* One could make the argument that Squirt ought to have her repertoire increased to be in line with other pets in order to make the Frost Mage pet-play more similar to other pet classes. To that end, if you added something to the W-ele that enhanced the pet play and THEN offered a talent that let Frost mages forgo it for petless play, it would be more in line with Lone Wolf and GoSac. But again, that’s getting into a slippery slope of adding/altering abilities that has repercussions in more than just PVE fights.

The bottom line here is that asking to bench Water Elemental is a taller order than just asking for the Lone Wolf treatment. It’s an apples/oranges comparison, because Frost’s pet play is markedly different from hunter/warlock pet play. And it can’t be overstated that Frost mages can opt out of the pet by not being Frost mages, while hunters and warlocks can’t opt out of pets without dropping the class entirely.

Meanwhile, in Shaman Country…

Another conversation aimed at Nervig’s feed caught me eye, where a player asked about giving shamans an option to make a permanent pet out their Fire/Earth elementals (which Celestalon nuked from orbit). This presents the opposite end of the spectrum on pet play that I think helps to accentuate why Frost can’t lose Squirt.

1) Pet classes/specs are defined by the presence of a permanent pet. The wording on Lone Wolf and GoSac is pretty clear. Lone Wolf increases hunter damage by 30%. GoSac increases single-target spells by anywhere from 15-35% depending on spell and spec. This means out of all the damage hunters and warlocks do, ~30% of it comes from the pet. With Enhancement/Elemental shaman, temporary cooldown pets like Burnie, Rocko, and the spirit puppies account for a noticeable percentage of damage, but that damage is confined to those cooldown windows instead of being passive damage being dealt throughout the fight. So if you’re saying “look, I’d sacrifice the cooldown if it meant I could have the pet out all the time” then what you’re actually saying is “look, I’d willingly give up 30% of my overall DPS in combat in order to outsource it to my pet.”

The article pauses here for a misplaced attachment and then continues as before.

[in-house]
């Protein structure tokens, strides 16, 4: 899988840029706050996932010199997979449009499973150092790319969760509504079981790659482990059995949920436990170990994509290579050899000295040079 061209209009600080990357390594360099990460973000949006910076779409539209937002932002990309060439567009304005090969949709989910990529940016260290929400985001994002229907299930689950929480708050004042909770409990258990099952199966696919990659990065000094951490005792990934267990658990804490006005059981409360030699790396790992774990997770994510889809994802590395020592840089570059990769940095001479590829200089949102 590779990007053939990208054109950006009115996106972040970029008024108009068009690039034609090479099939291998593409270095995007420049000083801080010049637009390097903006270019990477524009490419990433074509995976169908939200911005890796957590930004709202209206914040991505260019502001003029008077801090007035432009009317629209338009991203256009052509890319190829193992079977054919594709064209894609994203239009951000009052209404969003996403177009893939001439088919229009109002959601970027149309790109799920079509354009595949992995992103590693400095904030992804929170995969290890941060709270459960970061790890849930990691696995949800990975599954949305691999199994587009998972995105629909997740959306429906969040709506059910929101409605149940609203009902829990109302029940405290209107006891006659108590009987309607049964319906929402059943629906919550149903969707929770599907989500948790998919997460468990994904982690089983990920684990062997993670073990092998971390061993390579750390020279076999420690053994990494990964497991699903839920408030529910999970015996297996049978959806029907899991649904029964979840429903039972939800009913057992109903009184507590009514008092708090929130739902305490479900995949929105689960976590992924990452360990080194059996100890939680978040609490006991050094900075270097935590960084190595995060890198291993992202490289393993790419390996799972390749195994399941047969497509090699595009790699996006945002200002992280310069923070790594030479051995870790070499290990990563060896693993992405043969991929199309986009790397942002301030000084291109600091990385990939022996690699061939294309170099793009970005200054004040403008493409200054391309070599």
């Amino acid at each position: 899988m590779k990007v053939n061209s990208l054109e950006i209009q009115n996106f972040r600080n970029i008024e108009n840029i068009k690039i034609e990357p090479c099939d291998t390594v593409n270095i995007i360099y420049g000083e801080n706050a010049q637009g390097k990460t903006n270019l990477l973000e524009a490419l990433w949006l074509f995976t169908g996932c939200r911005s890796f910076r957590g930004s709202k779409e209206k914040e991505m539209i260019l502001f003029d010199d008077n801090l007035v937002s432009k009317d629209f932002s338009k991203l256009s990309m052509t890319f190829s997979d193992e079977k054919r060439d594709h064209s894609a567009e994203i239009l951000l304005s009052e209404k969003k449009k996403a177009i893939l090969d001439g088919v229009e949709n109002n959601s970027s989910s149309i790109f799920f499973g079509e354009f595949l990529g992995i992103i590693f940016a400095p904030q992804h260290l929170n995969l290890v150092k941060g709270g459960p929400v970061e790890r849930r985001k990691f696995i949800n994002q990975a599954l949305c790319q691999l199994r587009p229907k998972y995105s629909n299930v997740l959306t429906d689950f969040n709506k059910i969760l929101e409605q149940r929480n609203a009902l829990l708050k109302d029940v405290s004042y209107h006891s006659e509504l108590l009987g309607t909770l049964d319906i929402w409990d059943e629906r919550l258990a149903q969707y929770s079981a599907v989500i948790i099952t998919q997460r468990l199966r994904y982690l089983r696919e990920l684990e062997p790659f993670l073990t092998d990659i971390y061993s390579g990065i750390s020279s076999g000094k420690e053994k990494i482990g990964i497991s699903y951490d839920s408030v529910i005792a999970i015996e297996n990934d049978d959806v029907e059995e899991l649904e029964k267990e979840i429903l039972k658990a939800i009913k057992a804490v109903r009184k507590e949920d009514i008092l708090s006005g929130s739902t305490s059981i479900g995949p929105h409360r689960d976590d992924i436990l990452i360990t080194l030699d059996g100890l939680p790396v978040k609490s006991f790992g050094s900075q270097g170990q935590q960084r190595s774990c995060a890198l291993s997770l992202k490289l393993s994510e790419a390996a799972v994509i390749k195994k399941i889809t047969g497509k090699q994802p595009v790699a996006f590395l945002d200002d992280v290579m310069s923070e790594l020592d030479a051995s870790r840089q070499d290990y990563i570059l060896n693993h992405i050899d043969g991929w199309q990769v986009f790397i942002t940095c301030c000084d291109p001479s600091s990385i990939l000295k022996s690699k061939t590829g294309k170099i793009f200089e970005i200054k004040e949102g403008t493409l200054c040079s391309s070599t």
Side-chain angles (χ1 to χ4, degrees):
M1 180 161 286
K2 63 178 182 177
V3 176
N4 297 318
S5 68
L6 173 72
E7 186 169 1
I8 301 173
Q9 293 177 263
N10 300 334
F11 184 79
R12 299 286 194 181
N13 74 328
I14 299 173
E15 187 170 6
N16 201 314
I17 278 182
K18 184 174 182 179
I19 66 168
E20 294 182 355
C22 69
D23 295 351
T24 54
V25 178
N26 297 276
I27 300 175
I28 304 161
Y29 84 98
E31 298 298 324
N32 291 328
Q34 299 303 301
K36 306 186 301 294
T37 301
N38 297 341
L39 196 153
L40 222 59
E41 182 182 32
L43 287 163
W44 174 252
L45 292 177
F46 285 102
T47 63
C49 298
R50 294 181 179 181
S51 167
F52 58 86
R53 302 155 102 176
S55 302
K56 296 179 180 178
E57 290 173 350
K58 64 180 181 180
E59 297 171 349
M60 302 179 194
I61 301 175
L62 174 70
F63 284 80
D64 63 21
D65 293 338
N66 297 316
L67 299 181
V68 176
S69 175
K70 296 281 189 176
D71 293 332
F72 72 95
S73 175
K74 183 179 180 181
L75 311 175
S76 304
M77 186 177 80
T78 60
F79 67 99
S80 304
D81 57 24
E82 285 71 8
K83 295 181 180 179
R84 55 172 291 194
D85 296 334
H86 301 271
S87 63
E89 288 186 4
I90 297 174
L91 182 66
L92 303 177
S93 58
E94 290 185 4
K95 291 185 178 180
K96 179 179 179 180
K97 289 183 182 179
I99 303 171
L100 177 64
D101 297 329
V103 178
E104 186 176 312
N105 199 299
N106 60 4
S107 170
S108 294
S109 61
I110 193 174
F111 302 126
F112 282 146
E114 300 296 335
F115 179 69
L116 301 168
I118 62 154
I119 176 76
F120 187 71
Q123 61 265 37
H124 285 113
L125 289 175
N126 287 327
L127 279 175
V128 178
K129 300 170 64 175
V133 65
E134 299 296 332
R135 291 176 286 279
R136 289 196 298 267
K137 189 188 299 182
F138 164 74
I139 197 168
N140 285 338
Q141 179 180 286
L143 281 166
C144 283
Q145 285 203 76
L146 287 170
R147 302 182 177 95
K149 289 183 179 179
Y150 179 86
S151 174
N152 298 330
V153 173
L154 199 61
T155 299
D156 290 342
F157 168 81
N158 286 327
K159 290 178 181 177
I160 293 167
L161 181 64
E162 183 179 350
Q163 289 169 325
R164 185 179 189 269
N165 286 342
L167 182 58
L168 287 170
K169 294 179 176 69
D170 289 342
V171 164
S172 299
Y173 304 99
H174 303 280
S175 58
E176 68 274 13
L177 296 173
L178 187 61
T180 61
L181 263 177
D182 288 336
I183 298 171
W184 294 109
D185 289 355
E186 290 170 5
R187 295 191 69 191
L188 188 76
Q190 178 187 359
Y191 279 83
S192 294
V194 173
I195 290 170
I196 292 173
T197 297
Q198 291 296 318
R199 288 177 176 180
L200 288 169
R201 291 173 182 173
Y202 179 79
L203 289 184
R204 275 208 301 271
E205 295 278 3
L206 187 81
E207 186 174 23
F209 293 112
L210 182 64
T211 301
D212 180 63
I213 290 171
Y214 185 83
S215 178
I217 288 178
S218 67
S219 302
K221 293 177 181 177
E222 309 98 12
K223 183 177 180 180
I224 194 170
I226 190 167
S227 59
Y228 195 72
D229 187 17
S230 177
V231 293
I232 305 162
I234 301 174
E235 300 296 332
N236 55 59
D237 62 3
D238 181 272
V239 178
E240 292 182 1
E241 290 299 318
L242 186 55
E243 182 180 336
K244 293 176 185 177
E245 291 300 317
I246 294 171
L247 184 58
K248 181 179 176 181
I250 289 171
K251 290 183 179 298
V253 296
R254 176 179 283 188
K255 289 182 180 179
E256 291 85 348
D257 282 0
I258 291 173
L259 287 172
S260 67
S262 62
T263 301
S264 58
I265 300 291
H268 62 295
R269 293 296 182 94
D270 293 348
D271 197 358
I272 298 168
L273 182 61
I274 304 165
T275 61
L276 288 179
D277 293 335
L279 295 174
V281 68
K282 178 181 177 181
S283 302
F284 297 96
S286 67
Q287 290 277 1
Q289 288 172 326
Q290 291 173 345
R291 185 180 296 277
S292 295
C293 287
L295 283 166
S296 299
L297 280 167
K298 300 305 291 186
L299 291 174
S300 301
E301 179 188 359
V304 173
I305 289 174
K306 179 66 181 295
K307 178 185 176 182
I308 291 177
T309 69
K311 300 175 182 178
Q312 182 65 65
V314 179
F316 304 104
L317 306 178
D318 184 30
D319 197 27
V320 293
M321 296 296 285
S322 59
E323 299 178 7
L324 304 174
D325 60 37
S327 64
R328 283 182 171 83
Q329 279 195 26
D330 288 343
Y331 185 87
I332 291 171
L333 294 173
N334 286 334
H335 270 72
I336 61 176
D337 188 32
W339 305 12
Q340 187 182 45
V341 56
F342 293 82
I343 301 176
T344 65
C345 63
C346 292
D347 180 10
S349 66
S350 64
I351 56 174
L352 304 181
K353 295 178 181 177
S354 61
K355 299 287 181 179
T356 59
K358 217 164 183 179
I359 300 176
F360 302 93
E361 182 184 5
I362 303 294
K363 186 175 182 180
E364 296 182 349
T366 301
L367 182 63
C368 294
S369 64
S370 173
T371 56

* I appreciate that some players are going to say “I am perfectly okay with that.”

2) Not all pets are created equal. Feral Spirits are two separate wolves/raptors with separate health bars, with a passive that heals the Enhancement shaman. The Fire Elemental has an AoE attack in addition to dealing damage to attackers. The Earth Elemental has an AoE taunt. Taking the Primal Elementalist talent grants even more abilities to Burnie and Rocko. And this is without doing a comparison to other cooldown pets like the Infernal/Doomguard, or Stampede. So I think it’s fair to say that if you wanted to give the permanent pet treatment to many of these cooldown pets, you’d be looking at changing them dramatically in order to bring them in line with the hunter/warlock pets. And again, maybe that’s an acceptable loss for people who really want to be an Enhancement shaman who always has his puppies out, but it’s possible that plenty of people will miss the damage CD during burn phases or will miss utility that was rightfully stripped off in the process of getting the permanence.